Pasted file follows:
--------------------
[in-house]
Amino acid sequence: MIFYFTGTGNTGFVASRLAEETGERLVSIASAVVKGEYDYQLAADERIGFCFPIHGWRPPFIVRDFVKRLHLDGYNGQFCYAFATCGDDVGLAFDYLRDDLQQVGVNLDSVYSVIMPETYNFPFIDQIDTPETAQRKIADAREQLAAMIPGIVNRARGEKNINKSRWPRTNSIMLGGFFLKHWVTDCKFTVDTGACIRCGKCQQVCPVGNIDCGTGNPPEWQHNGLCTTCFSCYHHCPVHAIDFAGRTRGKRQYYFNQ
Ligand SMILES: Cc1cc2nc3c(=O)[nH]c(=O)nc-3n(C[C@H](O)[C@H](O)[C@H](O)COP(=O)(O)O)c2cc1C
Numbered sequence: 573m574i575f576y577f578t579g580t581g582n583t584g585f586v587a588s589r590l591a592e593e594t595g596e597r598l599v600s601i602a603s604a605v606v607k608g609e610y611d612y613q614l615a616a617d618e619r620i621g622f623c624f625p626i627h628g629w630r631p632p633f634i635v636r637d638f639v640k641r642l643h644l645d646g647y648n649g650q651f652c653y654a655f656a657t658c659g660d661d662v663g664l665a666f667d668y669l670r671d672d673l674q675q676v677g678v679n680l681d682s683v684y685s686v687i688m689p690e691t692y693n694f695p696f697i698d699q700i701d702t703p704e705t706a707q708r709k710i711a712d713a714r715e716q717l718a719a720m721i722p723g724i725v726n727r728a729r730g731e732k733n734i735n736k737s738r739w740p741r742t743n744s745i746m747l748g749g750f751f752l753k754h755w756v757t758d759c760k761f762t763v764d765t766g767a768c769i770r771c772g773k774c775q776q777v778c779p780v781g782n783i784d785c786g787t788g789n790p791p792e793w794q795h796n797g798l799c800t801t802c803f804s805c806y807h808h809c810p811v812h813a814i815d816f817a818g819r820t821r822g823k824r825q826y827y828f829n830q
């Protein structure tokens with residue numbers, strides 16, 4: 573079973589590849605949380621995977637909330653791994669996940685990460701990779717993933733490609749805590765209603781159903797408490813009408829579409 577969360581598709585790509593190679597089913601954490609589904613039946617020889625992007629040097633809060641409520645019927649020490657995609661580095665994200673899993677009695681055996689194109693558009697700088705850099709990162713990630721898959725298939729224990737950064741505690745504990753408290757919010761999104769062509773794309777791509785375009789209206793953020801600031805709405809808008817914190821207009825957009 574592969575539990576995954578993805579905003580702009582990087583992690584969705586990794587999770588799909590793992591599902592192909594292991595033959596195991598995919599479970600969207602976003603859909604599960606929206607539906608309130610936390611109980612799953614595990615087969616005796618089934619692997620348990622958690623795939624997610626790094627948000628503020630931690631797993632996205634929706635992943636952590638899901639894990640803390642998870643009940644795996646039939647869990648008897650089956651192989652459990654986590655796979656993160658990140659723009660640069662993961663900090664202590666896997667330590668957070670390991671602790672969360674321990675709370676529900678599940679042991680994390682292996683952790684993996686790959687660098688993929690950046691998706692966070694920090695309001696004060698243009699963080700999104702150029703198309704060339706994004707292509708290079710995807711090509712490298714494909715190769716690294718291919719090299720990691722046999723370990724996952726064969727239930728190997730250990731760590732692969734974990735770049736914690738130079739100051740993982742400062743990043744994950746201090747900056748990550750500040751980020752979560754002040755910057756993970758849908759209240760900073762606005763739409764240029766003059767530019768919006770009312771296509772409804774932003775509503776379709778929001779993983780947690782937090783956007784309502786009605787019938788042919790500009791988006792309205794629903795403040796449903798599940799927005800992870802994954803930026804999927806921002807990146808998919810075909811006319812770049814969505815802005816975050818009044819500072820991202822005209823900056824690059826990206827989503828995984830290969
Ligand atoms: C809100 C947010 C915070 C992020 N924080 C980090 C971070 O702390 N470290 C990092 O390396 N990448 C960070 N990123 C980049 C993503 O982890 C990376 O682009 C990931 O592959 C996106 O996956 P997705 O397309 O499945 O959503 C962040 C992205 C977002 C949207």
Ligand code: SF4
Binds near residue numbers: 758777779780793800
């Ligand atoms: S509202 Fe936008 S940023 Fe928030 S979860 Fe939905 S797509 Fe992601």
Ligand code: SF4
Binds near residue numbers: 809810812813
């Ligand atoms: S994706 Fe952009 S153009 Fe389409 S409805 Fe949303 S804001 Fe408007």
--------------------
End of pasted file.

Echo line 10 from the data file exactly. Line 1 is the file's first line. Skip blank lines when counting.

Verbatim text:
Ligand code: SF4